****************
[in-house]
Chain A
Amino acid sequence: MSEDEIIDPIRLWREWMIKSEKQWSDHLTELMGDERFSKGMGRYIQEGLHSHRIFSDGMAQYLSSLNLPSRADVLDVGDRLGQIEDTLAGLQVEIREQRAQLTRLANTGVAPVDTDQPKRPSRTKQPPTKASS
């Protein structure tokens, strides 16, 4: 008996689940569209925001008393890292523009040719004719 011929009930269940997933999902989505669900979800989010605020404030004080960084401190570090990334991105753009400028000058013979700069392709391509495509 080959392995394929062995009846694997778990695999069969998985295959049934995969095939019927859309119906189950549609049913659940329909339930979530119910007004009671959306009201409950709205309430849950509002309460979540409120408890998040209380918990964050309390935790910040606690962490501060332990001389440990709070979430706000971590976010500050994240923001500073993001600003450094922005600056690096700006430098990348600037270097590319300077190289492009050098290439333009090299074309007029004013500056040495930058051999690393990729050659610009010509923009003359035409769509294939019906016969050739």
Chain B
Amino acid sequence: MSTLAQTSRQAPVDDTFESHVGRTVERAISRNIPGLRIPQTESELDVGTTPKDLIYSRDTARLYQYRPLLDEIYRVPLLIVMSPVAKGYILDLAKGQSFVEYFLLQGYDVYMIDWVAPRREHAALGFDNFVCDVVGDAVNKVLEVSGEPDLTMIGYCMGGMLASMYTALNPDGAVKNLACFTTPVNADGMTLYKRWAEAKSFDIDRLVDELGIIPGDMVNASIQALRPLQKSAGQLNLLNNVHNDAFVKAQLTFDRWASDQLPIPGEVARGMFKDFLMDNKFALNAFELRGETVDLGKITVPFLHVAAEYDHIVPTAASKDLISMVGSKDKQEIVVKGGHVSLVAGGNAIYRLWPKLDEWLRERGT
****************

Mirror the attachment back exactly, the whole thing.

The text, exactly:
[in-house]
Chain A
Amino acid sequence: MSEDEIIDPIRLWREWMIKSEKQWSDHLTELMGDERFSKGMGRYIQEGLHSHRIFSDGMAQYLSSLNLPSRADVLDVGDRLGQIEDTLAGLQVEIREQRAQLTRLANTGVAPVDTDQPKRPSRTKQPPTKASS
């Protein structure tokens, strides 16, 4: 008996689940569209925001008393890292523009040719004719 011929009930269940997933999902989505669900979800989010605020404030004080960084401190570090990334991105753009400028000058013979700069392709391509495509 080959392995394929062995009846694997778990695999069969998985295959049934995969095939019927859309119906189950549609049913659940329909339930979530119910007004009671959306009201409950709205309430849950509002309460979540409120408890998040209380918990964050309390935790910040606690962490501060332990001389440990709070979430706000971590976010500050994240923001500073993001600003450094922005600056690096700006430098990348600037270097590319300077190289492009050098290439333009090299074309007029004013500056040495930058051999690393990729050659610009010509923009003359035409769509294939019906016969050739």
Chain B
Amino acid sequence: MSTLAQTSRQAPVDDTFESHVGRTVERAISRNIPGLRIPQTESELDVGTTPKDLIYSRDTARLYQYRPLLDEIYRVPLLIVMSPVAKGYILDLAKGQSFVEYFLLQGYDVYMIDWVAPRREHAALGFDNFVCDVVGDAVNKVLEVSGEPDLTMIGYCMGGMLASMYTALNPDGAVKNLACFTTPVNADGMTLYKRWAEAKSFDIDRLVDELGIIPGDMVNASIQALRPLQKSAGQLNLLNNVHNDAFVKAQLTFDRWASDQLPIPGEVARGMFKDFLMDNKFALNAFELRGETVDLGKITVPFLHVAAEYDHIVPTAASKDLISMVGSKDKQEIVVKGGHVSLVAGGNAIYRLWPKLDEWLRERGT